I flew 3-Axis for a few years but really struggled to consistently have a good landing when I was converting over to weightshifts. My takoff, circuit etc were all fine. However I really struggled when at the height of a double Decker bus to the runway. I was getting really frustrated too and felt like packing it in at the time. My instructor one day said he was going to change tactics and decided that we would spend an hour flying circuits, but not landing. First flying the circuit to 20 ft above the runway, but holding the height at 20 ft all the way down the runway. We then repeated the circuits down to 10 ft, 5ft, 2 ft and finally 1 ft, never landing. We must have flown at least 5 times down along the full lenght of the runway at 1 ft off the ground. Then the instructor said that we were going to do the same again. But this time he asked me to set up at 1 ft off the runway and slowly reduce power whilst slowly pushing out the bar, but try as best as i could not to land. We kissed the runway. Then it was back to the office for a debrief and a coffee. Then we went out again for another hour. We did 3 circuits the very same, and then the instructor stopped talking. We flew the circuits for another hour in silence. It was weird. But each landing became better than the last and consistently better. Finally he looked down following one landing and said he had to check that the wheels were turning as he could not feel the touch down. He asked me to come to a full stop. He hopped out and off I went on my own.

    Don't give up. I love flying and only fly a weightshift now. I still use the same method. I just keep the Quantum flying at 1 ft off the deck until it kisses the ground.

    Damien
    Last edited by damienair; 22-01-19 at 17:53 PM.
    Pilots are just Plane people with a special Air about them.

    G-BZJO Quantum 503 Flexwing only Jockey now.


  7. #27
    Captain MadamBreakneck's Avatar
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    I have just seen this heartening tale on the Flyer forum - it can be done

    PPL - Never. Give. Up.


    Back to just bimbling


  8. #28
    Captain kawasakiinit's Avatar
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    Quote Originally Posted by damienair View Post
    This might sound really stupid. But I always found that consistency in relation to landing and to consistently always have a good landing is to try not to land. When you get set up on the centre line over the threshold just start easing back on power and slowly pull back on the yoke whilst trying as best as you can to keep the C42 just skimming down along the runway at a couple of feet off the ground. Eventually the wheels just kiss the ground.

    I flew 3-Axis for a few years but really struggled to consistently have a good landing when I was converting over to weightshifts. My takoff, circuit etc were all fine. However I really struggled when at the height of a double Decker bus to the runway. I was getting really frustrated too and felt like packing it in at the time. My instructor one day said he was going to change tactics and decided that we would spend an hour flying circuits, but not landing. First flying the circuit to 20 ft above the runway, but holding the height at 20 ft all the way down the runway. We then repeated the circuits down to 10 ft, 5ft, 2 ft and finally 1 ft, never landing. We must have flown at least 5 times down along the full lenght of the runway at 1 ft off the ground. Then the instructor said that we were going to do the same again. But this time he asked me to set up at 1 ft off the runway and slowly reduce power whilst slowly pushing out the bar, but try as best as i could not to land. We kissed the runway. Then it was back to the office for a debrief and a coffee. Then we went out again for another hour. We did 3 circuits the very same, and then the instructor stopped talking. We flew the circuits for another hour in silence. It was weird. But each landing became better than the last and consistently better. Finally he looked down following one landing and said he had to check that the wheels were turning as he could not feel the touch down. He asked me to come to a full stop. He hopped out and off I went on my own.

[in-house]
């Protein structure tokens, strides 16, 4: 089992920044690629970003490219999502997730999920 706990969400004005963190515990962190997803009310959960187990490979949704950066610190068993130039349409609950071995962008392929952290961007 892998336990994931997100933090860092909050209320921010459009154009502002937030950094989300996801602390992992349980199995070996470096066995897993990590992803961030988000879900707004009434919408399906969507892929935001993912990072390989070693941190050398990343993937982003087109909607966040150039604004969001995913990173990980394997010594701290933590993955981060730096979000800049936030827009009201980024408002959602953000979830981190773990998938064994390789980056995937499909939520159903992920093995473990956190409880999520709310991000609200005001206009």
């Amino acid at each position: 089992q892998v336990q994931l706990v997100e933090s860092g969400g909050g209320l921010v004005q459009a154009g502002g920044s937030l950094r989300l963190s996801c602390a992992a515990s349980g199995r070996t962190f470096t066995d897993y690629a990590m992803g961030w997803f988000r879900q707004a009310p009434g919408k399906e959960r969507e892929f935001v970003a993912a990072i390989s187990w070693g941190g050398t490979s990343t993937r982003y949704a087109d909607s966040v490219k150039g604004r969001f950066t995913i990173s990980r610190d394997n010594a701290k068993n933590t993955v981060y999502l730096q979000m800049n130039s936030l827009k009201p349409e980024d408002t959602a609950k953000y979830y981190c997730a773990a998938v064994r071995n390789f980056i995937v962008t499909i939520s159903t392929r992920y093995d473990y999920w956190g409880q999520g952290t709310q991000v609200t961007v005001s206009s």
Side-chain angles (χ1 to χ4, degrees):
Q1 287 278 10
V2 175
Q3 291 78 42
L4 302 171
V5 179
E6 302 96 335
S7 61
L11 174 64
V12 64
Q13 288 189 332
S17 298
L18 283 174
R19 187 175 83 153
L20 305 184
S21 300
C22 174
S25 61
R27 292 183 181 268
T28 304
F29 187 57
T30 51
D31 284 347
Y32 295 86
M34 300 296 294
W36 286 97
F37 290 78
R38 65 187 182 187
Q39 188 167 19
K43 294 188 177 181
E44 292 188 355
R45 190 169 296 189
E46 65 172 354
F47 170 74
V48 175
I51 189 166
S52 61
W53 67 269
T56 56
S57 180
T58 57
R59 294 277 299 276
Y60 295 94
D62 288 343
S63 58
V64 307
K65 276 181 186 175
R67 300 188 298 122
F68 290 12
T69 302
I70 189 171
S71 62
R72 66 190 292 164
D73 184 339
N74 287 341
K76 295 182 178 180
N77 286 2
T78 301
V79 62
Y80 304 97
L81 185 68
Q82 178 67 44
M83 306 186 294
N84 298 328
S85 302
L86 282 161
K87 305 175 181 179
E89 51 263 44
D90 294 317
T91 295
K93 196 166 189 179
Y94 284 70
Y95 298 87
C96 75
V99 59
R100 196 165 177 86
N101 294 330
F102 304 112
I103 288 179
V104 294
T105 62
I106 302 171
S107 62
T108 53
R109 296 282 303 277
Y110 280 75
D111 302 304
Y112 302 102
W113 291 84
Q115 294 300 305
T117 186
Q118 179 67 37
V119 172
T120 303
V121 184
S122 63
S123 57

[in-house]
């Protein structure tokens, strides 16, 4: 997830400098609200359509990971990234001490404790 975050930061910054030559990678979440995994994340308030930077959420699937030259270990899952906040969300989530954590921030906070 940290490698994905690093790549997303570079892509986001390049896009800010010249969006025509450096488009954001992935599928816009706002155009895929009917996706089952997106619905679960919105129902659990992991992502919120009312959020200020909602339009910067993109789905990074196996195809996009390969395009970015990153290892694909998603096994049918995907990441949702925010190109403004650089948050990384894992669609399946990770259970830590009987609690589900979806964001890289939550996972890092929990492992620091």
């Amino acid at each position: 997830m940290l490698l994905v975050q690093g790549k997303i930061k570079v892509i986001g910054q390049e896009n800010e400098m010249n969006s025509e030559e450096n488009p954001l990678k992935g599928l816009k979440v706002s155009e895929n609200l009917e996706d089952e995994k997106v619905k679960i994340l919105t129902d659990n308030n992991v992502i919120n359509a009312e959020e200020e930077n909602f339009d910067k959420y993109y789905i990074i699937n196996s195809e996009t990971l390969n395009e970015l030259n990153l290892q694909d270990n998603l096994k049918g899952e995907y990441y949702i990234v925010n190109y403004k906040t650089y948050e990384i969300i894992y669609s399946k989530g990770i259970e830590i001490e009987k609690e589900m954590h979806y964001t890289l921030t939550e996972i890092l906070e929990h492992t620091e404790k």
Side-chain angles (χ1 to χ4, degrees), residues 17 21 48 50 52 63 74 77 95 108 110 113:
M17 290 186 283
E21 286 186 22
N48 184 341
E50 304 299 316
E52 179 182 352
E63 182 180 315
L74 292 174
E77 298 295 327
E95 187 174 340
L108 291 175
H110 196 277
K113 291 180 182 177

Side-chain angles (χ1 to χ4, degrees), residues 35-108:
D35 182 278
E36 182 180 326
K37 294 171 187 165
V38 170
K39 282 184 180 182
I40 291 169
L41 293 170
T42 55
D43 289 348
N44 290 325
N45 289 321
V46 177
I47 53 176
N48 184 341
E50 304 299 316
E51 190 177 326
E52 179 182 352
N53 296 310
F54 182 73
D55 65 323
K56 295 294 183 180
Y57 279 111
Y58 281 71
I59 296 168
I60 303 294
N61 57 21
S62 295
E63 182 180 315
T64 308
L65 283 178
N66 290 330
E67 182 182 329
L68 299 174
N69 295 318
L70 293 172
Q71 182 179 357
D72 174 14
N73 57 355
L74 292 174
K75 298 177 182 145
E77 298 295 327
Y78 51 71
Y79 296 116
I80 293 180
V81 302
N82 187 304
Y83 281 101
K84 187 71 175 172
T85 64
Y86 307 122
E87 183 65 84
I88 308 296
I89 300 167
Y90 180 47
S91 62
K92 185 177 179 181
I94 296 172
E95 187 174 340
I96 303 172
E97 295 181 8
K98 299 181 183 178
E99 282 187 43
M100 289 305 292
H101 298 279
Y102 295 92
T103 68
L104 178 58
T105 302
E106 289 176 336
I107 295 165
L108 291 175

Don't give up. I love flying and only fly a weightshift now. I still use the same method. I just keep the Quantum flying at 1 ft off the deck until it kisses the ground.

    Damien



    i always kiss the ground after all my landings
    The more people I meet the more I love my cat..


  9. #29
    New Member Learner1's Avatar
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    Iíd be over the moon to qualify in 47:20.....maybe the breaks of6 months + is the answer


  10. #30
    Captain MadamBreakneck's Avatar
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    Quote Originally Posted by Learner1 View Post
    Iíd be over the moon to qualify in 47:20.....maybe the breaks of 6 months + is the answer
    Quoting from linked post: "Before finally passing my skills test yesterday with 47:20 (countable) hours in the book." - my emphasis. He did more than that.

    In my own case ('Did somebody say it was easy?'), having 10 years previously been a solo glider pilot, I was microlight-solo after 15 hours but only qualified after another 50+.

    But maybe you are right. Take a break and see if you miss it.

    Either way, I hope you find what you are really looking for.


    Back to just bimbling